Financial Markets Reverse on the Fed’s Mortgage Message

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As described in the Weekly Forecast, stocks and the dollar made a sharp and sudden reversal yesterday afternoon, as Wall Street rethought their initial bullish reaction to the FOMC announcement. After climbing 88.12 points to a fresh 2009 high, the Dow reversed, closing down 81.32 points to 9.748.55. And after hitting a new 2009 low, the dollar reversed.

What was “profound” is that the Fed has unequivocally telegraphed that long term interest rates are on a gradual trend up and short term interest rates are being protected at near zero for at least the next several months. This indicates a gradual unwinding of the Fed’s balance sheet and the transition of the finance industry from direct Federal Reserve support through the purchase of their securities.

In addition to what I wrote about Saturn challenging Pluto forcing the Fed to contract its purchase of mortgage securities, Saturn/Pluto represents the need for the Fed to slowly (Saturn) unwind the lending (Pluto) programs the Fed created to expand the type of collateral and duration of its discount window lending. This morning the Fed released a schedule that gradually scales back the Term Auction Facility (TAF) and the Term Securities Lending Facility (TSLF). The Fed will reduce the maturity dates “by early next year to a single cycle of 28-day funds offered every 28 days.” The Fed will also “assess whether to maintain a TAF on a permanent basis.”

Today the stock market reversed its early gains at 10:00 AM after the Fed released the new TAF and TSLF schedules, the same time data on August existing home sales was released that showed a decline instead of an anticipated increase in sales. The fact that slightly over one third of existing home sales continue to be for “distressed homes” and that 70% of homes sold were priced below $200,000, says that even with the Fed supporting low mortgage rates combined with the government’s homebuyer tax credit,* most homes for sale in most sections of the country are still not properly priced.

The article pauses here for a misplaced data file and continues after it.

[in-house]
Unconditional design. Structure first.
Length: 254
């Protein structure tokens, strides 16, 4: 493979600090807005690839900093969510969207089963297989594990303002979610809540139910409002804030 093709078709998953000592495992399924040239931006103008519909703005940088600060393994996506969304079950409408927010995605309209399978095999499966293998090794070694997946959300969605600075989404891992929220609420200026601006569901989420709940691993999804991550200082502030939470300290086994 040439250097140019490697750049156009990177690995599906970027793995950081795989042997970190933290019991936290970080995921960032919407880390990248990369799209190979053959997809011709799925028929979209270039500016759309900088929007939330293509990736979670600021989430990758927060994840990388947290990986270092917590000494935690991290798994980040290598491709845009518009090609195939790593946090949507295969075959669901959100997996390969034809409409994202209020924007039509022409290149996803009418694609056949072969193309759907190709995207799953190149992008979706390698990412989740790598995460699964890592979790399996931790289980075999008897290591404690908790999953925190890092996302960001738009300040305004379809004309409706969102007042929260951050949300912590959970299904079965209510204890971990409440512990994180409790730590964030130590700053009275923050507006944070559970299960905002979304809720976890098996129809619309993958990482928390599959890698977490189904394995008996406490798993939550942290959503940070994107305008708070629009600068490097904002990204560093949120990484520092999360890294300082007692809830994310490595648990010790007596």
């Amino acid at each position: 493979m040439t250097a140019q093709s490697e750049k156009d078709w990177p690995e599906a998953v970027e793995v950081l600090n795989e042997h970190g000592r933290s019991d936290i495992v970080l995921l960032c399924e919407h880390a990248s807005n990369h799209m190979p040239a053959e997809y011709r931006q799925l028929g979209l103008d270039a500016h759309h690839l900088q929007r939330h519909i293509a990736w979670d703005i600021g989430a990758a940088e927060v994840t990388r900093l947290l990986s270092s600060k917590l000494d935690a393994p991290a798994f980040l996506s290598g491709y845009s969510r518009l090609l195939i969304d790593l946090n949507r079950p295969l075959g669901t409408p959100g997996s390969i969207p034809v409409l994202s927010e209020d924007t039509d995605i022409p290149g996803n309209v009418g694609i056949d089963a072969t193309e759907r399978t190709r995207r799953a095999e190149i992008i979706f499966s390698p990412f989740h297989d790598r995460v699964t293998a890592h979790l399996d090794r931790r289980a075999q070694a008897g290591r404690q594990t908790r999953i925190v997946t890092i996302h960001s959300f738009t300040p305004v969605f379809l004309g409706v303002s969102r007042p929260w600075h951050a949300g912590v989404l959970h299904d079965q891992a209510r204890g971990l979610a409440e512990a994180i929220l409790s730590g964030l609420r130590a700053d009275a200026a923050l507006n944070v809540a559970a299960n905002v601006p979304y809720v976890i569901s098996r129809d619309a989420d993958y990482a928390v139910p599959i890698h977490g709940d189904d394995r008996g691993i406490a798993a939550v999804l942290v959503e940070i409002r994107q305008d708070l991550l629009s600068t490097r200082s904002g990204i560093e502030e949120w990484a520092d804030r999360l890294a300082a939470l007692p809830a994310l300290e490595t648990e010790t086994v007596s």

According to mortgage data tracker HSH Associates quoted in the WSJ Ahead of the Tape column, without the Fed’s support the national average conventional fixed rate mortgage would be about 5.9% vs. around 5.04% now. Once the Fed concludes its purchases by the end of the first quarter of 2010, I think it is more realistic to expect that mortgage rates will gradually rise to the 6.5% to 7% range.

Slack in economic terms represents a lower than normal level of resource utilization. Resources include everything from labor, factories, unoccupied homes and apartments, to unsold motor vehicles. The important thing to note about resources is they’re not fungible; excess capacity in one area of the economy cannot be matched with overused capacity in another. Some forms of capacity can simply grow stale and never be used again.

Excess capacity in the auto industry provides no relief to the need for next generation semiconductor manufacturing, just as excess capacity in luxury housing and luxury hotel rooms cannot easily be transformed into utilitarian housing and utilitarian hotel rooms. Any discussion of “slack” controlling inflation has limited utility itself.

You can still have inflation with excess capacity when operating costs are rising, a situation experienced in the stagflation of the 1970s to early 1980s. A prime example is a house or condo that could be purchased for under $200,000 that has homeowner fees, utility costs, and taxes as high as $1,000 per month.

The Fed “expects that inflation will remain subdued for some time.” With expansive Jupiter conjoining Uranus in 2010, sharp and unexpected price spikes could bring a sudden whiff of ‘70s style stagflation as some areas of the economy operate with excess capacity and other areas are more stressed.

*Banks and the real estate industrial complex have been lobbying hard for Congress to extend this program authorized under the stimulus bill beyond November 30. Republican Senator John Isakson has reintroduced his Senate bill to not only extend the tax credit until the end of 2010, but increase the credit to $15,000 and eliminate the “first time” buyer clause. For all of the opposition’s rhetoric about “government-run healthcare” and complaints that healthcare reform will increase the federal deficit, it’s interesting that deficits fly out the window when it comes to real estate. And somehow government sponsored housing subsidies do not infringe on their so-called free market capitalism.

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